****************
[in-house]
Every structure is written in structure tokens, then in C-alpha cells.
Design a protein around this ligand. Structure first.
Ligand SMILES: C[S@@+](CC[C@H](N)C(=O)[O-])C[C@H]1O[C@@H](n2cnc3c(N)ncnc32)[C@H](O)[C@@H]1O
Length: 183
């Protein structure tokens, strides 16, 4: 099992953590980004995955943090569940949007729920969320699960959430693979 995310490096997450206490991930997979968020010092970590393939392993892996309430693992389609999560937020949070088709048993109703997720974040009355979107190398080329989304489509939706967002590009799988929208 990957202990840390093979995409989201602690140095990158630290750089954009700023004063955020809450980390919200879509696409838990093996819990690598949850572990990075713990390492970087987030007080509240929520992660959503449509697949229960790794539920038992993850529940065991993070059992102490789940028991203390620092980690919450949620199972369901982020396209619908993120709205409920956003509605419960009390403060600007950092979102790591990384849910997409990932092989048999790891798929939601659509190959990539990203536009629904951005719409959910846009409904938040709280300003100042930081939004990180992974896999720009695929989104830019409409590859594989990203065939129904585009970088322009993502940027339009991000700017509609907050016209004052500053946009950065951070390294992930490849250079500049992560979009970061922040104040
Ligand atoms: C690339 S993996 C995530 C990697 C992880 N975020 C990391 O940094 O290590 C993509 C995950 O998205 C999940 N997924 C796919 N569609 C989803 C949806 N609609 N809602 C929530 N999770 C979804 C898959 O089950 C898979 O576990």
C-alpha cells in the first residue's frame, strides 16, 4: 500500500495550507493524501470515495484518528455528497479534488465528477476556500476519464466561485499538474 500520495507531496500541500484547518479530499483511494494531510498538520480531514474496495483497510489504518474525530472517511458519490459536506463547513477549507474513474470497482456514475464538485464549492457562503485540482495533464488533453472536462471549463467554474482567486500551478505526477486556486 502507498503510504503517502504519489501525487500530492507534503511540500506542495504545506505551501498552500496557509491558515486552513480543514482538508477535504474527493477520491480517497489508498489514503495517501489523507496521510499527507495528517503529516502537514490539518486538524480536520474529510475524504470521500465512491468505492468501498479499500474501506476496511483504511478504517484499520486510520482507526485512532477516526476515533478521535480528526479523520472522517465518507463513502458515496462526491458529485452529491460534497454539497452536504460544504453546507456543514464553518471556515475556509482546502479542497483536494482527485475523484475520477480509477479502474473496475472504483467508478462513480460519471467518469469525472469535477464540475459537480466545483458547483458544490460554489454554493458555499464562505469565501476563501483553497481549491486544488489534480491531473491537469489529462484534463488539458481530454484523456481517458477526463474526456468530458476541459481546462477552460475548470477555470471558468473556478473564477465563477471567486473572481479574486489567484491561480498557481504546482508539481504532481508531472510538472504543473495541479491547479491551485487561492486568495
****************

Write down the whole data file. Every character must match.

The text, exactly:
[in-house]
Every structure is written in structure tokens, then in C-alpha cells.
Design a protein around this ligand. Structure first.
Ligand SMILES: C[S@@+](CC[C@H](N)C(=O)[O-])C[C@H]1O[C@@H](n2cnc3c(N)ncnc32)[C@H](O)[C@@H]1O
Length: 183
């Protein structure tokens, strides 16, 4: 099992953590980004995955943090569940949007729920969320699960959430693979 995310490096997450206490991930997979968020010092970590393939392993892996309430693992389609999560937020949070088709048993109703997720974040009355979107190398080329989304489509939706967002590009799988929208 990957202990840390093979995409989201602690140095990158630290750089954009700023004063955020809450980390919200879509696409838990093996819990690598949850572990990075713990390492970087987030007080509240929520992660959503449509697949229960790794539920038992993850529940065991993070059992102490789940028991203390620092980690919450949620199972369901982020396209619908993120709205409920956003509605419960009390403060600007950092979102790591990384849910997409990932092989048999790891798929939601659509190959990539990203536009629904951005719409959910846009409904938040709280300003100042930081939004990180992974896999720009695929989104830019409409590859594989990203065939129904585009970088322009993502940027339009991000700017509609907050016209004052500053946009950065951070390294992930490849250079500049992560979009970061922040104040
Ligand atoms: C690339 S993996 C995530 C990697 C992880 N975020 C990391 O940094 O290590 C993509 C995950 O998205 C999940 N997924 C796919 N569609 C989803 C949806 N609609 N809602 C929530 N999770 C979804 C898959 O089950 C898979 O576990």
C-alpha cells in the first residue's frame, strides 16, 4: 500500500495550507493524501470515495484518528455528497479534488465528477476556500476519464466561485499538474 500520495507531496500541500484547518479530499483511494494531510498538520480531514474496495483497510489504518474525530472517511458519490459536506463547513477549507474513474470497482456514475464538485464549492457562503485540482495533464488533453472536462471549463467554474482567486500551478505526477486556486 502507498503510504503517502504519489501525487500530492507534503511540500506542495504545506505551501498552500496557509491558515486552513480543514482538508477535504474527493477520491480517497489508498489514503495517501489523507496521510499527507495528517503529516502537514490539518486538524480536520474529510475524504470521500465512491468505492468501498479499500474501506476496511483504511478504517484499520486510520482507526485512532477516526476515533478521535480528526479523520472522517465518507463513502458515496462526491458529485452529491460534497454539497452536504460544504453546507456543514464553518471556515475556509482546502479542497483536494482527485475523484475520477480509477479502474473496475472504483467508478462513480460519471467518469469525472469535477464540475459537480466545483458547483458544490460554489454554493458555499464562505469565501476563501483553497481549491486544488489534480491531473491537469489529462484534463488539458481530454484523456481517458477526463474526456468530458476541459481546462477552460475548470477555470471558468473556478473564477465563477471567486473572481479574486489567484491561480498557481504546482508539481504532481508531472510538472504543473495541479491547479491551485487561492486568495